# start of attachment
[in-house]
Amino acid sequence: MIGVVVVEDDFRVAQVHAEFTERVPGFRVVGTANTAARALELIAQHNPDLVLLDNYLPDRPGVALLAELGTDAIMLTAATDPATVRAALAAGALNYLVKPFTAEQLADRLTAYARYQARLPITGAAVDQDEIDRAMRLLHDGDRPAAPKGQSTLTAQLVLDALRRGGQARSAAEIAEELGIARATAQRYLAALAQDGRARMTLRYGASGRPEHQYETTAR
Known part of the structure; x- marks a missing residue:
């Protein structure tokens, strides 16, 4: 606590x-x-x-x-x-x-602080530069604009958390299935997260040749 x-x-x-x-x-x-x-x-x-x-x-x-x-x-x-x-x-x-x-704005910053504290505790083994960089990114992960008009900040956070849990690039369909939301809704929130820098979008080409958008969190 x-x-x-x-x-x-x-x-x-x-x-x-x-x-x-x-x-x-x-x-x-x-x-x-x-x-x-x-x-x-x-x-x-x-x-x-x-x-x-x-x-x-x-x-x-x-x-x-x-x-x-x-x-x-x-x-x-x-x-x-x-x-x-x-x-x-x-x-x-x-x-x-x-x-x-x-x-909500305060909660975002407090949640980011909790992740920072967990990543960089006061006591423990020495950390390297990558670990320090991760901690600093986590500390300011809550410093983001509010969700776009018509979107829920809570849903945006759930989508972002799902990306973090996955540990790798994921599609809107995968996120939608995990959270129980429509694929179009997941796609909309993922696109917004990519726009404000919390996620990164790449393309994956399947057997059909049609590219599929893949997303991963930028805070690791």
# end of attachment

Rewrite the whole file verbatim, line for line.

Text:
[in-house]
Amino acid sequence: MIGVVVVEDDFRVAQVHAEFTERVPGFRVVGTANTAARALELIAQHNPDLVLLDNYLPDRPGVALLAELGTDAIMLTAATDPATVRAALAAGALNYLVKPFTAEQLADRLTAYARYQARLPITGAAVDQDEIDRAMRLLHDGDRPAAPKGQSTLTAQLVLDALRRGGQARSAAEIAEELGIARATAQRYLAALAQDGRARMTLRYGASGRPEHQYETTAR
Known part of the structure; x- marks a missing residue:
């Protein structure tokens, strides 16, 4: 606590x-x-x-x-x-x-602080530069604009958390299935997260040749 x-x-x-x-x-x-x-x-x-x-x-x-x-x-x-x-x-x-x-704005910053504290505790083994960089990114992960008009900040956070849990690039369909939301809704929130820098979008080409958008969190 x-x-x-x-x-x-x-x-x-x-x-x-x-x-x-x-x-x-x-x-x-x-x-x-x-x-x-x-x-x-x-x-x-x-x-x-x-x-x-x-x-x-x-x-x-x-x-x-x-x-x-x-x-x-x-x-x-x-x-x-x-x-x-x-x-x-x-x-x-x-x-x-x-x-x-x-x-909500305060909660975002407090949640980011909790992740920072967990990543960089006061006591423990020495950390390297990558670990320090991760901690600093986590500390300011809550410093983001509010969700776009018509979107829920809570849903945006759930989508972002799902990306973090996955540990790798994921599609809107995968996120939608995990959270129980429509694929179009997941796609909309993922696109917004990519726009404000919390996620990164790449393309994956399947057997059909049609590219599929893949997303991963930028805070690791």